I’d say it’s a unit, a team, and everyone needs to have their game cap on.

Do you feel like your experience has helped you to better understand stay-at-home moms?

No, we are simply built differently, I just cannot relate [Laughter]. But yeah, you know, I finally understand that meme of the nagging wife, that was me. It all comes down to understanding, it’s hard to see someone else’s side of things until you choose to look outside of the first-person view.

I think that we can interpret a lot of how another person behaves and overreact like they’re disregarding us. But how much can you understand if you’re not in my position? Likewise, how much of what you’re going through can I understand?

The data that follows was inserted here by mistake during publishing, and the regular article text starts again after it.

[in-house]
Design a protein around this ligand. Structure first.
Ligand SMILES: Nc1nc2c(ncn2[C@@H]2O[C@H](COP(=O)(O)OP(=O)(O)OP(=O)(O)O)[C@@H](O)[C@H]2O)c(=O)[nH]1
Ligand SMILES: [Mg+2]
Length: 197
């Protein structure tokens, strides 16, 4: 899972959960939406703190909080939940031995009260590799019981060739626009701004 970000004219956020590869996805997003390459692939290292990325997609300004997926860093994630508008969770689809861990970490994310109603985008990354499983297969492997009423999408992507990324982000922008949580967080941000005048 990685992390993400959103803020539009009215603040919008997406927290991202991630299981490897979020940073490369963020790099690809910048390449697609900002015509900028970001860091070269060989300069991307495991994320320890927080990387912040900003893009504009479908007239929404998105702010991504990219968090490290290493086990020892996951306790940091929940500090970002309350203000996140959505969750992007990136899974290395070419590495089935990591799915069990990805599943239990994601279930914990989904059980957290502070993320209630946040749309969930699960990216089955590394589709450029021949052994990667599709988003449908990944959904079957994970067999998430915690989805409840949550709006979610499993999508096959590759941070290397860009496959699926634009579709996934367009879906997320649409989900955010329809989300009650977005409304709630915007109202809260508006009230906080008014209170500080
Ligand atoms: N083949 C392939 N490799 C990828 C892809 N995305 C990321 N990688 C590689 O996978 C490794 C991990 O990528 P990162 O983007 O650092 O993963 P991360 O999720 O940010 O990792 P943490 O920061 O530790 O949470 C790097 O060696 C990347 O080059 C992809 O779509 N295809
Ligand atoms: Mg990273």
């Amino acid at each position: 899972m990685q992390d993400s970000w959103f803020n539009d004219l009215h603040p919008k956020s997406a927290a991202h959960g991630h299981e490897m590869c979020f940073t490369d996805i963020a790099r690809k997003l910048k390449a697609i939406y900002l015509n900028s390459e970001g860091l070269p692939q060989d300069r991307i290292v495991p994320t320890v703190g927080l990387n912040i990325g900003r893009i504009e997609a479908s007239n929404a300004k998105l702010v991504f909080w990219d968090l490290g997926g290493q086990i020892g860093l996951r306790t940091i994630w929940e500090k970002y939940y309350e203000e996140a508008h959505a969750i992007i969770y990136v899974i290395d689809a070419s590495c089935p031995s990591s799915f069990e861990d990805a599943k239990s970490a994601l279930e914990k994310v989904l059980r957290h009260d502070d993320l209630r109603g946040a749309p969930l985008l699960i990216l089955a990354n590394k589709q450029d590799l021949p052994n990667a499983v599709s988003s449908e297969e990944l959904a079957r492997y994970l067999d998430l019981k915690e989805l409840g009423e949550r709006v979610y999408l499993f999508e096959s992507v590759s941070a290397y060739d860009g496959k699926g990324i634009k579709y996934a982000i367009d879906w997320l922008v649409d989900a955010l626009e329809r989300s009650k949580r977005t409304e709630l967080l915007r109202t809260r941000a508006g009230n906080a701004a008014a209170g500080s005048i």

The nagging wife concept only works within the realm of no one really communicating with each other properly. There’s a reason why it holds up, not saying it holds any water, but it reflects reality. We as people lack the ability to communicate sometimes.

10. Is there a message or any advice that you would like to give to other stay-at-home dads?

Just do your best homie. Kids will let you know what they need. And if you’re a stay-at-home husband and don’t have kids then do your best there too. You’re not upholden to anyone or really any societal expectations other than yourself and the person that you love. When it comes down to it everyone’s just pretending to know what they’re doing. If you’re moving forward with staying at home then just do what you’re going to do and stay dedicated to it. And for couples, drop the expectations of what society says you’re supposed to be doing. Do whatever it is that you need to do.